Prompt reduction in urinary volume with central DI but not in nephrogenic
Causes of hypervolemic hyponatremia
Causes of hypovolemic hyponatremia
What meds may cause SIADH?
Sulfonylureas, SSRIs, carbamazepine
What does urine look like (electrolyte wise) in SIADH?
High urine sodium and urine osmolality
Low serum osmolality
*In severe cases give saline infusion with loop diuretics, HTS, or consider ADH blockers like coinvaptan, tolvaptan
What are causes of hyperkalemia?
Aldosterone deficiency (e.g. spironolactone)
ACEi/ARBs (inhibit aldosterone)
Type IV RTA
Prolonged immobility, seizures, rhabdo, crush injury
Why do beta blockers cause hyperkalemia?
They inhibit Na/K ATPase which normally brings K into cells
Why does pseudohyperkalemia occur?
Hemolysis in RBC sample from prolonged waiting or excessive time of tourniquet placement during phlebotomy
What ECG abnormalities arise in hyperkalemia and in what order?
1) Peaked T waves
2) Loss of P waves
3) Widened QRS
A patient presents with severe hyperkalemia with ECG abnormalities. What therapies do you want to give and in what order?
Insulin and glucose
If a patient has moderate hyperkalemia but no ECG abnormalities what therapies do you want to provide and in what order for correction?
Insulin and glucose IV
Bicarbonate if d/t metabolic acidosis
What acid-base disturbance causes hypokalemia?
What potent antifungal med causes hypokalemia?
How does hypokalemia develop in Bartter syndrome?
Failure to absorb Na and Cl leads to secondary hyperaldosteronism which causes hypokalemia
What ECG abnl seen with hypokalemia?
What are signs and symptoms of hypermagnesia?
Muscle weakness and loss of DTRs
How do you treat hypermagnesia?
Restrict oral intake
Saline to promote diuresis
Occasionally dialysis if needed
How does hypomagnesia present?
Hypocalcemia and cardiac arrhytymias
How does Mg effect Ca levels?
Mg is required for PTH release which then leads to increased Ca. This is why Mg is given during torsades de pointes
What are causes of normal AG metabolic acidosis?
Diarrhea and RTA
Hyperchloremic normal AG metabolic acidosis caused by ...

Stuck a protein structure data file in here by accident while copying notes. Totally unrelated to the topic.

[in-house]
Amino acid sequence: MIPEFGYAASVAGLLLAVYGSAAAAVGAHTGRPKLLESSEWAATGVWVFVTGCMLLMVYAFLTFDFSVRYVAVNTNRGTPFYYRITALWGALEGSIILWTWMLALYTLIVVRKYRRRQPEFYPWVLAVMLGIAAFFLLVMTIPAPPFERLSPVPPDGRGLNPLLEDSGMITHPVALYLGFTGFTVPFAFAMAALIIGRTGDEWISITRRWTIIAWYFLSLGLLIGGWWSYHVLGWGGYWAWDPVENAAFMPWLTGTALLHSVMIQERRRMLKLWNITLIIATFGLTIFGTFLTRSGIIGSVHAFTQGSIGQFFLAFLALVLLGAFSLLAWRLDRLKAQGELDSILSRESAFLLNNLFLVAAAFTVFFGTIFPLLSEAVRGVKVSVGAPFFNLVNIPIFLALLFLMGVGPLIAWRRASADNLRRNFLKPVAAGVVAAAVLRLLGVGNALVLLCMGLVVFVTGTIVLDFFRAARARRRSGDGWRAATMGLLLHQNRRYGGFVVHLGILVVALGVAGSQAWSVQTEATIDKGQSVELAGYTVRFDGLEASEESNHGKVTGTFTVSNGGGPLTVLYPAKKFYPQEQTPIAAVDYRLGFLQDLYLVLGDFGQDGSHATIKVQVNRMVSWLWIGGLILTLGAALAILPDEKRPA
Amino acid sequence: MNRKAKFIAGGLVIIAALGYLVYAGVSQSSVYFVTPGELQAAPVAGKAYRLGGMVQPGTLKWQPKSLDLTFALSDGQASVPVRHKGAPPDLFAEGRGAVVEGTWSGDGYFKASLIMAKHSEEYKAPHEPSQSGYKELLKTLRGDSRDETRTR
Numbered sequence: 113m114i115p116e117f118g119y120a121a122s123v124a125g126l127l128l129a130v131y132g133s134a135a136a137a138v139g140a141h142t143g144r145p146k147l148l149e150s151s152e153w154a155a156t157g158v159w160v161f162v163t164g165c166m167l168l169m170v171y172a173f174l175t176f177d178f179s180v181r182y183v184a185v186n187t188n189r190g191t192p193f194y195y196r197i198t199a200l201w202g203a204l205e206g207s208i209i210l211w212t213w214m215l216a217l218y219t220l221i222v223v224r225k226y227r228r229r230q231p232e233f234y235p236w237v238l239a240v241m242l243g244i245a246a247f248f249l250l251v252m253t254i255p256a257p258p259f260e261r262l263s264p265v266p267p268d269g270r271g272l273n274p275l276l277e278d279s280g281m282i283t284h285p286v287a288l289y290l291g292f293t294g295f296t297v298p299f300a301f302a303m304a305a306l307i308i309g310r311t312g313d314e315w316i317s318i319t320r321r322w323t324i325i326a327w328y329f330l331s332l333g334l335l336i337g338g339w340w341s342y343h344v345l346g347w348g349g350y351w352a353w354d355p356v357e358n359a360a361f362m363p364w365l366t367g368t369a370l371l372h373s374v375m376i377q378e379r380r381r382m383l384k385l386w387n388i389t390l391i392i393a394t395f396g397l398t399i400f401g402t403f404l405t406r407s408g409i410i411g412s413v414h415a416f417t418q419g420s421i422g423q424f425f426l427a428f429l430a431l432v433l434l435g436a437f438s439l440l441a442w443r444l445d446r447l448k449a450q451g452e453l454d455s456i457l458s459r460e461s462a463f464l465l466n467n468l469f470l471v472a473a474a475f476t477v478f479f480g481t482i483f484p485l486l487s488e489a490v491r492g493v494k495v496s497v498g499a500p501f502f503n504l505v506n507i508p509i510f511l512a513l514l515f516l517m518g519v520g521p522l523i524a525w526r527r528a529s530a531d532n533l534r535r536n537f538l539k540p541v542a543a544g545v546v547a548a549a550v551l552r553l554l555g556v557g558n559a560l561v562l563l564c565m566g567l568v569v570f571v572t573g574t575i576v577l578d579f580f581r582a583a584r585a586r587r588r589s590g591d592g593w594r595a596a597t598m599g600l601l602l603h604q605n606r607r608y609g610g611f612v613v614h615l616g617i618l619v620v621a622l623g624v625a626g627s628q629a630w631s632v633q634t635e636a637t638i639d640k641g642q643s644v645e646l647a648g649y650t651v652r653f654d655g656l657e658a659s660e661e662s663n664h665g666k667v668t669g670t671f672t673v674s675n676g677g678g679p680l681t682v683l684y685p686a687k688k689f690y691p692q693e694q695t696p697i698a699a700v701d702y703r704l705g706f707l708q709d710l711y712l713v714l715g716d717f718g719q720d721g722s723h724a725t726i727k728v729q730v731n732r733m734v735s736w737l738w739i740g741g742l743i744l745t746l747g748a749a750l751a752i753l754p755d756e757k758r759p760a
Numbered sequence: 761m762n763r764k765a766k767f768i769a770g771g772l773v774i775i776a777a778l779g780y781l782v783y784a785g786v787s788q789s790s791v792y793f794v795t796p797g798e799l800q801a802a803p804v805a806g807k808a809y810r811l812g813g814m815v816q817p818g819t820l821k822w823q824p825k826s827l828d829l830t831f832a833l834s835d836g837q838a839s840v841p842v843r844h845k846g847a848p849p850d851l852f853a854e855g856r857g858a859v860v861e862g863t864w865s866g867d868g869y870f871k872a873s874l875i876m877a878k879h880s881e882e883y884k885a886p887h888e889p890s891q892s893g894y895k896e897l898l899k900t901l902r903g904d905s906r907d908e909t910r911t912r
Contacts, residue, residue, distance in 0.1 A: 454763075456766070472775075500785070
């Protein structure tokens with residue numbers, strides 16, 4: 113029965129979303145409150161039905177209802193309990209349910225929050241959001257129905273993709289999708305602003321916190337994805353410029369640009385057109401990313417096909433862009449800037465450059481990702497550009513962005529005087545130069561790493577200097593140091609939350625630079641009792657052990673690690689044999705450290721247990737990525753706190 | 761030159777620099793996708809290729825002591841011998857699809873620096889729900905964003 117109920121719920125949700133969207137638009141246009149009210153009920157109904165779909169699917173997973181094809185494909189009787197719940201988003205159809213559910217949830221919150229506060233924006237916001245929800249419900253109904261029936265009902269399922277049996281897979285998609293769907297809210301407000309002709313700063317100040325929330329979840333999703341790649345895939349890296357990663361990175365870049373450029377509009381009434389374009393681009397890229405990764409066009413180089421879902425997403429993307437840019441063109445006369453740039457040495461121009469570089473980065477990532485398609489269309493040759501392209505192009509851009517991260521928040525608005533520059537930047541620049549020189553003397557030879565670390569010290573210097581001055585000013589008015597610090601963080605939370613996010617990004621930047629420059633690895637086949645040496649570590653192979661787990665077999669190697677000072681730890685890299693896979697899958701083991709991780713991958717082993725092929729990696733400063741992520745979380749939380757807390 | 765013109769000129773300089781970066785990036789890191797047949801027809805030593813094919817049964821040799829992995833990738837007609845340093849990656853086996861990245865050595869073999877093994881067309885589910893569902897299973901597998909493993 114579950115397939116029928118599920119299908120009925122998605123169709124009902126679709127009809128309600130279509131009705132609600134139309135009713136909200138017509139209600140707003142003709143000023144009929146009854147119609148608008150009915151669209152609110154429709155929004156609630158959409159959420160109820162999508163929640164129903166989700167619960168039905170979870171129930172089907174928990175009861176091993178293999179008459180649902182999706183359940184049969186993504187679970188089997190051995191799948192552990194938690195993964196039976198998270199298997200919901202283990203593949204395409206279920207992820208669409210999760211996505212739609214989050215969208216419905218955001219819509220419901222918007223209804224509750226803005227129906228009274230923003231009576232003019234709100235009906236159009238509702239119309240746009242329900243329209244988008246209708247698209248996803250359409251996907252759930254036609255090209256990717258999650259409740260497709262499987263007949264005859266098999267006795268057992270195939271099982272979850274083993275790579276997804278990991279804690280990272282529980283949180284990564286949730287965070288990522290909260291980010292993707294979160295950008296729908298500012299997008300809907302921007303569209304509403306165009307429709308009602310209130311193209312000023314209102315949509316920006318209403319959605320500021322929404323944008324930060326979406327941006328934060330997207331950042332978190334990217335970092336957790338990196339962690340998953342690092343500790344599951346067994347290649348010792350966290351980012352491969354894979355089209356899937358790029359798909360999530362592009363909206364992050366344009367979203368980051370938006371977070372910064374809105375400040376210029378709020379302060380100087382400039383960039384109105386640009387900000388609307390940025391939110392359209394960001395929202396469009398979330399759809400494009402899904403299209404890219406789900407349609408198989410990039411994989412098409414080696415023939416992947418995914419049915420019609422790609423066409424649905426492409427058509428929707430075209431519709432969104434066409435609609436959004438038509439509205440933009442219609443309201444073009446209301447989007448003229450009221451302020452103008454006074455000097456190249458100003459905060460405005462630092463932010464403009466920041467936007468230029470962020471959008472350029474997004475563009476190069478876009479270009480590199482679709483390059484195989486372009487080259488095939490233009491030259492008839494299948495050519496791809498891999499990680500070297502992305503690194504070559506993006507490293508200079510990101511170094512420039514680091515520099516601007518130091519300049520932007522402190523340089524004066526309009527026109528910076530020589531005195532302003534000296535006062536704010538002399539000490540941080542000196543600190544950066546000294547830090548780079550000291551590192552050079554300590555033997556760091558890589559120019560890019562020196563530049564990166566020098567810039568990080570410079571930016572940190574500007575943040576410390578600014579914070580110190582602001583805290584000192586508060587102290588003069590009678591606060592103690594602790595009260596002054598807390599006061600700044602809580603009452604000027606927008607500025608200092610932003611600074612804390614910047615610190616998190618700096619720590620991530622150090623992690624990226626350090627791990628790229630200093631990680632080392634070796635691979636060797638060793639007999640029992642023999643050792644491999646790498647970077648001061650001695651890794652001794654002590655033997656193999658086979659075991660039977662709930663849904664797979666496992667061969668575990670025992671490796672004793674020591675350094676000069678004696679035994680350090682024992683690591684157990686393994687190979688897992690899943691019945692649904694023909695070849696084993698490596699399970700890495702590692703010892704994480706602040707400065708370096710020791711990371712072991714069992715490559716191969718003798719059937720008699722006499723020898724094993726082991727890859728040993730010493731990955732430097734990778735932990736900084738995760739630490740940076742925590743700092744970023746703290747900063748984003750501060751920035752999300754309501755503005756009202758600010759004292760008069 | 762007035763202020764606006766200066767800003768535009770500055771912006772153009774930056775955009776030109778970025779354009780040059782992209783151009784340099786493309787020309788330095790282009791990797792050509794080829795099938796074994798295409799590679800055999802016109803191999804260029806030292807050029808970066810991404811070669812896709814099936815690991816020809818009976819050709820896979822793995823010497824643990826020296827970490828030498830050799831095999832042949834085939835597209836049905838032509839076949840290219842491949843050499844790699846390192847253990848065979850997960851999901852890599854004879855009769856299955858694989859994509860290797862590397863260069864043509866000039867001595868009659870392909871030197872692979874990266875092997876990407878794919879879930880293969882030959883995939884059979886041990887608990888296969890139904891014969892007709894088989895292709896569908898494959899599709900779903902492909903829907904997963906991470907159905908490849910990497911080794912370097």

Type I RTA (distal type) is due to ....
Potassium and bicarb levels are ....
Treatment is ....
Inability to excrete hydrogen ions in distal tubuke
Bicarbonate (still absorbed at proximal tubule)
Type II RTA (proximal type) is due to ...
Urine pH is ....
Treat with ...
Inability to absorb bicarbonate at proximal tubule
Diuretic (contraction alkalosis increases serum bicarbonate)
Type IV RTA caused by ...
Potassium is ...
Treat with ...
Lack of aldosterone production or effect
High (only RTA to have increased)
Aldosterone (i.e. Fludricortisone)
What is the only RTA with a high urine pH?
Type I (d/t inability to excrete H+ at distal tubule)
*as a result kidney stones form in this one
What is the utility of the urine anion gap?
Helps distinguish between diarrhea and RTA as causes of normal AGMA. Urine Na - Urine Cl.
If acid can be excreted from the kidney then urine Cl increases thus in diarrhea UAG is NEGATIVE.
In RTA UAG will be POSITIVE
Ingestion of too much antacid leads to what acid base disorder
Milk-Alkali syndrome (metabolic alkalosis)
What acid base disturbance does volume contraction cause?
Activation of RAAS system leads to secondary hyperaldosteronism which increases Na, decreases K. This leads to increased urinary loss of acid and thus a metabolic alkalosis
What is the most common cause of death in patients with cystic disease which develop cysts throughout body?
How do you test for urge incontinence and what is used for treatment?
Urodynamic pressure monitoring
What therapies are used for stress incontinence?